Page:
Discover how to set up a Raspberry kiosk mode
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Raspberry kiosk mode configuration on Pandora FMS
About the Raspberry kiosk mode
If you’ve been shopping recently, you may or may not have seen stores and shops with screens, promotional videos, product images, statistics, etc.
Normally, for this purpose the computers are hidden. These computers have immense power consumption, being on all day just to show something on the screen.
This is where our friend Raspberry kiosk mode comes in automatically when you turn it on. The big advantage is that the consumption will be infinitely lower, with 2W per hour at full capacity, which a year would be… simply a gigantic saving. Let’s take a look at the installation.
What do you need?
For Raspberry kiosk mode and to display a web page on screen all you need is an HDMI cable, a Raspberry (obviously), an Internet connection and a web server that hosts the page to display (This is up to you).
In Pandora FMS offices we use Raspberry every day to show statistics of our services, availability of our websites and the tickets of our support system.
You will also be able to perfectly integrate Pandora FMS dashboards and customized public visual consoles.
How to connect the Raspberry kiosk mode: step by step
First, you’ll need to connect the Raspberry to a monitor with an HDMI cable, which will display any web page in full screen. If you don’t have keyboards, on your own machine, that is, 100% autonomous, you will have to configure a remote access, either by SSH or by eHorus (Pandora FMS’s brother!).
This guide uses a very light Raspbian image, as it does not have a desktop environment. It only installs the minimum to be able to see the browser in full screen.
1. Flashing image on sd card
First, download the Pandora FMS image with the preinstalled kiosk mode from the official Pandora FMS download page. Then flash it on the SD card:
You can find the flashing process in the SD card in Pandora FMS Documentation.
2. Hardware Connection
The next thing would be to connect all the components to turn on the Raspberry with the operating system:
- Insert the SD card into the compartment at the bottom of the box.
- Connect the keyboard to any of the USB ports.
- Connect the HDMI cable to the Raspberry monitor and HDMI port.
- Finally, connect the power cord to the appliance and to the electrical current.
3. Network Configuration
To perform the network configuration you will need to start the device; this will display an installer where you can easily configure the interface. If you get lost in any moment of the installation you can always go to Pandora FMS Documentation, where it is explained step by step.
4. Url Configuration to Display
In the installer you must indicate the URL you need to display.
Remember that it is very important to use the complete route: https://…
If you later need to change the URL you will have to edit the last line of the file:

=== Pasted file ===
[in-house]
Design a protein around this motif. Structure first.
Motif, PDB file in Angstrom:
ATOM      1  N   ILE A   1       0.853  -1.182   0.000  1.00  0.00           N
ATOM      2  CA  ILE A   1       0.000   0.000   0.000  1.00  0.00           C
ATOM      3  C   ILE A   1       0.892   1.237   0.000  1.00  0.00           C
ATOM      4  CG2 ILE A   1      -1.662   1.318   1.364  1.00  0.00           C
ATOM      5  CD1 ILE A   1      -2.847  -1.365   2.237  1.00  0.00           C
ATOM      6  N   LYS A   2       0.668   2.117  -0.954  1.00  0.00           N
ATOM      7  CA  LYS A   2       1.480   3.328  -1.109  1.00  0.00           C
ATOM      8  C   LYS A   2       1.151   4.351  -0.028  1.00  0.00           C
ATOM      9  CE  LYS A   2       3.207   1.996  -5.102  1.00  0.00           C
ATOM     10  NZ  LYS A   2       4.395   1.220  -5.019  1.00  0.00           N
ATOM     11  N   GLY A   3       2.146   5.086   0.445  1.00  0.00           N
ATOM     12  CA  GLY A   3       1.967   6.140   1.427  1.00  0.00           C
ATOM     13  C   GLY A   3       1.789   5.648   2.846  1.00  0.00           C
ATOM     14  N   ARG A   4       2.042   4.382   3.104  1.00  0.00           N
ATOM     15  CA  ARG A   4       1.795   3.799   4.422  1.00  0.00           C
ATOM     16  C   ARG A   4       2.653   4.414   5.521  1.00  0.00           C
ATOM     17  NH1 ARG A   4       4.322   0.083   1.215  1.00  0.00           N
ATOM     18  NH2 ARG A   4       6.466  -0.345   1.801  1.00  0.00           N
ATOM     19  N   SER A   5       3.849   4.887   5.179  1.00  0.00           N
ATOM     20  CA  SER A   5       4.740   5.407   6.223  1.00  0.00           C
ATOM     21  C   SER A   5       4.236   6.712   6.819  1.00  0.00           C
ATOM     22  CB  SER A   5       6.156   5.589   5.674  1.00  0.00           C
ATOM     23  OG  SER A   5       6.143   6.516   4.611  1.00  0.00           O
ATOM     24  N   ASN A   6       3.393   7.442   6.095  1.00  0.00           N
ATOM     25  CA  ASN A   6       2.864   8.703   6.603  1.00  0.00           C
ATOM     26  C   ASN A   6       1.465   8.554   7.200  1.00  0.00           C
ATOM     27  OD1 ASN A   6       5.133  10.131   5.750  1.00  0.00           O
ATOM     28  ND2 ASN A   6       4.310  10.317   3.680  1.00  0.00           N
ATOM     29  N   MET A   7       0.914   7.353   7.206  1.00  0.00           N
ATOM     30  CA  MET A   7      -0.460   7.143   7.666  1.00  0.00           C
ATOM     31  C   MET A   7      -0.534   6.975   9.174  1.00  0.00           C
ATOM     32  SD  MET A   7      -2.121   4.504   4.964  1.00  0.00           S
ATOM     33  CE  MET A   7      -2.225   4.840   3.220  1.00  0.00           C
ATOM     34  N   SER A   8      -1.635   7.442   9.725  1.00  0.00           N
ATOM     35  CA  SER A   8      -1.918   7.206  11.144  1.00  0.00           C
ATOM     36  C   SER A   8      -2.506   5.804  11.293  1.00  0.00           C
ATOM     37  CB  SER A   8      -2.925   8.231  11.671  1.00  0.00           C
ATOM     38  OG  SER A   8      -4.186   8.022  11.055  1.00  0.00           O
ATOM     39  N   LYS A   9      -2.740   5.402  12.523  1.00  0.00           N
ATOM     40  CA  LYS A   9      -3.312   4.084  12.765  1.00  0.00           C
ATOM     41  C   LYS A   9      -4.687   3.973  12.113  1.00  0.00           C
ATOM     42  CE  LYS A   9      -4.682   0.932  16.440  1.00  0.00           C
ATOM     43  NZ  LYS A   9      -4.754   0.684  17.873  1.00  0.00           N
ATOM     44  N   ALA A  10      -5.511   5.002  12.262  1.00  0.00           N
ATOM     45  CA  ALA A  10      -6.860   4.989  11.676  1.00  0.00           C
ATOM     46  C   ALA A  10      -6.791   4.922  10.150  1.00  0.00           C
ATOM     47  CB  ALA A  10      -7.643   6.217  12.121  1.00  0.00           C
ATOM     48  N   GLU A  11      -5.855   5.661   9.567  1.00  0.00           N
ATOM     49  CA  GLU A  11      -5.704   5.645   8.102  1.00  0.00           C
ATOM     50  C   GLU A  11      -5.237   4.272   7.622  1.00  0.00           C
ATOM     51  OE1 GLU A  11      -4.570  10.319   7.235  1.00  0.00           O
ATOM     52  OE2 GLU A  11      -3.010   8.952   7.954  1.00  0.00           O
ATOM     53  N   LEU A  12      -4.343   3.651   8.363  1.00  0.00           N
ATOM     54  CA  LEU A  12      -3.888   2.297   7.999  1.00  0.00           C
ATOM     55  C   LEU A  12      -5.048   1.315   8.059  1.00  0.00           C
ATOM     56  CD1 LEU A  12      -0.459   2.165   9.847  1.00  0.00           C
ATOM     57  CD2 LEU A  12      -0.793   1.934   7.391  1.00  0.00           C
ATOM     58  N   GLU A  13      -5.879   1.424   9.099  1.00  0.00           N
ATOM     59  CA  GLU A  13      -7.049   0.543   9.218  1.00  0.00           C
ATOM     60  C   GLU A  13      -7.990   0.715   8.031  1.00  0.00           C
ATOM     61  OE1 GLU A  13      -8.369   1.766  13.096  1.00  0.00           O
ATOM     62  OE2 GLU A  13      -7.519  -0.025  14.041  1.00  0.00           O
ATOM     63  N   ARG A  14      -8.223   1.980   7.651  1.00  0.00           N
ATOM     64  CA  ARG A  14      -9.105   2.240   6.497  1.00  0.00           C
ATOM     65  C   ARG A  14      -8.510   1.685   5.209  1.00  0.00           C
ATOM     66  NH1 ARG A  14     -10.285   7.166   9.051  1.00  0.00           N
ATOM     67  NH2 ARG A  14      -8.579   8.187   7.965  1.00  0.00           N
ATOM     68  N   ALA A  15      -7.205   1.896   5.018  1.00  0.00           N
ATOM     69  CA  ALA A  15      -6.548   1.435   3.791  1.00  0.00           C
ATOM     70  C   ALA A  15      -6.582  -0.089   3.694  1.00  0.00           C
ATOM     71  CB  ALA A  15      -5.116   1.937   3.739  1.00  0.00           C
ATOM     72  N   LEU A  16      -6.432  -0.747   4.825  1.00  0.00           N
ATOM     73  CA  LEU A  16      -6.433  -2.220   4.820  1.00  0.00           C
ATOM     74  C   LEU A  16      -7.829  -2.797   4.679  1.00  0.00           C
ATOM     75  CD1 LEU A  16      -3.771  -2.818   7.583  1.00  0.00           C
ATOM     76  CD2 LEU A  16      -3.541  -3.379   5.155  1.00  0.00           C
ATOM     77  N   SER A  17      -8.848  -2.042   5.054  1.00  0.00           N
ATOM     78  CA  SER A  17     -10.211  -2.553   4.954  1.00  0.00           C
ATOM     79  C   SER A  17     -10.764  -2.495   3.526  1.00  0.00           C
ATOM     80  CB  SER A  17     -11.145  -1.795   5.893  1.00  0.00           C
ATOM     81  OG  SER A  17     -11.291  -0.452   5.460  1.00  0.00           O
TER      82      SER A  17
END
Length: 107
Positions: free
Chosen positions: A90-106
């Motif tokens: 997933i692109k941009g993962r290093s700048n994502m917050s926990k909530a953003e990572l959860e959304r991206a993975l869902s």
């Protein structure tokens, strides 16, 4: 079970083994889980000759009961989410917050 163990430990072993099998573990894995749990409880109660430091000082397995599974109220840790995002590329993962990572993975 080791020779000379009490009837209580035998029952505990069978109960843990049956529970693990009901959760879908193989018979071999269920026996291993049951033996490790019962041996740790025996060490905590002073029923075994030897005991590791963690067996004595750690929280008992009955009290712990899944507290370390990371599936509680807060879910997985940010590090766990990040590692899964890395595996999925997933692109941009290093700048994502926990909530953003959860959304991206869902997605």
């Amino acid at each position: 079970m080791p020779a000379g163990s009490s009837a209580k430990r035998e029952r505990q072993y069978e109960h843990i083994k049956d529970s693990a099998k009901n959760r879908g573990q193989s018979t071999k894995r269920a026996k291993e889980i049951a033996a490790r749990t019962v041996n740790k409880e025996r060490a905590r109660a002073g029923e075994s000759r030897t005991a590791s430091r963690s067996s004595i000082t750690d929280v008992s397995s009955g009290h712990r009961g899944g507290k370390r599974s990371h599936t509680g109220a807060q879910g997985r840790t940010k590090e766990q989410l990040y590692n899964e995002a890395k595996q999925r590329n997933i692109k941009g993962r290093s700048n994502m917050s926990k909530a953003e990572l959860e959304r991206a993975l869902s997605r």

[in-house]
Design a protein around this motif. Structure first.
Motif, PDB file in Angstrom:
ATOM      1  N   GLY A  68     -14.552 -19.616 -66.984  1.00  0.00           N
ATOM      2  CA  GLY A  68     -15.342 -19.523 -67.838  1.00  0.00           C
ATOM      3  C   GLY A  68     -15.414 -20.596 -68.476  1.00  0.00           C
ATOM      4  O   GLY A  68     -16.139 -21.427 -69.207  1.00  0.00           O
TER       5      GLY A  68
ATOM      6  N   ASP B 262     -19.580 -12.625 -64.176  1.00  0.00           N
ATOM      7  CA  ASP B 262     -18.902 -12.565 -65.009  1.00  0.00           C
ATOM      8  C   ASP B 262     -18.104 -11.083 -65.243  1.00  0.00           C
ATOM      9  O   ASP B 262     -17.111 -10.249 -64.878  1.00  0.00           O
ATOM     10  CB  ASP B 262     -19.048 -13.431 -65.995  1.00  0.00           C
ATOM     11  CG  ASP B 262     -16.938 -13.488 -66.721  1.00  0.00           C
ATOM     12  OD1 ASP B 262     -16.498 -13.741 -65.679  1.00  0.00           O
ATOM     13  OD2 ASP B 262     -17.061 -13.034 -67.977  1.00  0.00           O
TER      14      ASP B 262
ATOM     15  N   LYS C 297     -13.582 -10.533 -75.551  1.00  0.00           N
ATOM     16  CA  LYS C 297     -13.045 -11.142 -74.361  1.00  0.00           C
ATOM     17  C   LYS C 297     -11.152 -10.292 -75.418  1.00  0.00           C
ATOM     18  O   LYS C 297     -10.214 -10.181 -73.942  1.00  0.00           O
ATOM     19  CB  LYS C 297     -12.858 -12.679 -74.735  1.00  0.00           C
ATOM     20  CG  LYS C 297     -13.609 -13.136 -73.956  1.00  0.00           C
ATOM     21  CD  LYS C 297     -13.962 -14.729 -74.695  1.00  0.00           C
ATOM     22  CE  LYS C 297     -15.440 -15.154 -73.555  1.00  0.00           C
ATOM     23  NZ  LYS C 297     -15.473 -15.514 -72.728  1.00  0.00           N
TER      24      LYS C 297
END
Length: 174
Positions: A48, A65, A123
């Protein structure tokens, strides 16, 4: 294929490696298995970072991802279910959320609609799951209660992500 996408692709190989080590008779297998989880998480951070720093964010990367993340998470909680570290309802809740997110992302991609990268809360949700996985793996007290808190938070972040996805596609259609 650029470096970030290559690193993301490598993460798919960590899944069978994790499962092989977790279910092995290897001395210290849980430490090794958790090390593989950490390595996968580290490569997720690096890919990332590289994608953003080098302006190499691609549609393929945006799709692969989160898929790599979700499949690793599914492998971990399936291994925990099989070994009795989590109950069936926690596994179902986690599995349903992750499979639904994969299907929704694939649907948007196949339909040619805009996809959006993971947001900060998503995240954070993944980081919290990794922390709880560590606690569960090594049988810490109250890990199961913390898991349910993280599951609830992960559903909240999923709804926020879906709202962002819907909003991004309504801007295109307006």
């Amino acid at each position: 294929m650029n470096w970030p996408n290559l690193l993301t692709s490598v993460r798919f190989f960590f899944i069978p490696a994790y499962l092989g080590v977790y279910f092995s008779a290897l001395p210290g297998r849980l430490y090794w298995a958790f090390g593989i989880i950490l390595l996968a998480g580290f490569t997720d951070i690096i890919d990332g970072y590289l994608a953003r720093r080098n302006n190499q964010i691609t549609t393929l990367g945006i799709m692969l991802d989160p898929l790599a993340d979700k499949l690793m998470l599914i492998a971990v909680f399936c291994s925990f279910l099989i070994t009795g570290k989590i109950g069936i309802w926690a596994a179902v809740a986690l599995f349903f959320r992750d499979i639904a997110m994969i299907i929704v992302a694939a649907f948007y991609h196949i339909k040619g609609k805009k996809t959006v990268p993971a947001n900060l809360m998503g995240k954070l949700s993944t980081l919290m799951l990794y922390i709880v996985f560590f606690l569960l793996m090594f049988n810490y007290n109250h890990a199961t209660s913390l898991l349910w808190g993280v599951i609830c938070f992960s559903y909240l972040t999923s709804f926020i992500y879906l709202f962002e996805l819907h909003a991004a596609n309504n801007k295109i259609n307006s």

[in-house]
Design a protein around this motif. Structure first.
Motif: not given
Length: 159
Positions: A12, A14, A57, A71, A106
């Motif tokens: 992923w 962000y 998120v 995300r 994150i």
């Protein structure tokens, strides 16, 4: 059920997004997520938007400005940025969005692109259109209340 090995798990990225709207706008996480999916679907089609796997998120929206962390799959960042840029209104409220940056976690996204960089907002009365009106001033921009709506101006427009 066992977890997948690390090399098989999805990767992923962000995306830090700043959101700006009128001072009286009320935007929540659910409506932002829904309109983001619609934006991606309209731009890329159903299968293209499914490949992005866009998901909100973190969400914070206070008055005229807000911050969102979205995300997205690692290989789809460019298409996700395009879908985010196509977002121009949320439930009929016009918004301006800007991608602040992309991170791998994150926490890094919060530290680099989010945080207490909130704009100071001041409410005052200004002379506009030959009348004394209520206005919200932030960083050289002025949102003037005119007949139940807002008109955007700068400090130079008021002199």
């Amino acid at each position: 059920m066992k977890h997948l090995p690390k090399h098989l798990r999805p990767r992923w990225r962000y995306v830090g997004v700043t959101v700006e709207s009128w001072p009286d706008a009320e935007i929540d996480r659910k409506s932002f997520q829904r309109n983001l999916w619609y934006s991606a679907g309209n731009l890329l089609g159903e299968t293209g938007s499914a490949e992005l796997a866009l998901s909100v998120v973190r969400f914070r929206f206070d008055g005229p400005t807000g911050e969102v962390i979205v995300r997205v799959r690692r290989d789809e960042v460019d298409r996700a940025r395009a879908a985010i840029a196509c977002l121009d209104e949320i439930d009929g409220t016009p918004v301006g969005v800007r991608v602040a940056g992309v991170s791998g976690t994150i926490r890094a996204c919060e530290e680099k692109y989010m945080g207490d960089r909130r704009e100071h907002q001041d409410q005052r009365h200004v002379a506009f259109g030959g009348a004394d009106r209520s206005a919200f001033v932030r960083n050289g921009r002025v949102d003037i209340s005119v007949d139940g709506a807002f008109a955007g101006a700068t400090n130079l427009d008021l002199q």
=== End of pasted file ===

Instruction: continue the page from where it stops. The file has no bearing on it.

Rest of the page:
To exit the kiosk mode press the keys CTRL+ALT+DEL
To start kiosk mode again without rebooting enter in the Pandora user terminal:
startx — -nocursor
5. Configuration Pandora FMS Agent
The next step would be to configure the Pandora FMS agent that already comes preinstalled. The process is very easy, you would only have to access the configuration file and fill in the corresponding parameters. If, once configured, you enable remote configuration, all the changes in the configuration file can be made directly from the console without the need to access the computer. To know the available parameters you can check the Pandora FMS Documentation.
6. eHorus Configuration
Last but not least, there comes the step of configuring eHorus, the completely free remote desktop software for up to 5 devices. You can consult the guide in Pandora FMS Wiki.
In short, by using Raspberry kiosk mode with Pandora FMS you will be able to analyse at a glance the health of your monitored computers, as long as our visual consoles and dashboards contain the correct information.
All this will be done for an infinitely lower price than a desktop, since the Raspberry has a very competitive price and its consumption is the lowest in the market for hardware of these characteristics.
You will also have a platform on which you can develop many complements to monitoring, such as agents in strategic sites, NetFlow collectors to analyze the traffic that passes through the network in real time, voice assistants to reproduce Pandora FMS alerts, and so on.
In short, this is a first article of many that shows the functionalities, the easy installation and the great potential of this small hardware, at a price accessible to anyone and for any environment.
If you are lost in any of these steps or simply prefer to see first-hand how to set up a Raspberry kiosk mode, you can see the following tutorial:
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And don’t forget to have a look at the other articles that we have published in this blog, we are pretty sure that you will like them.
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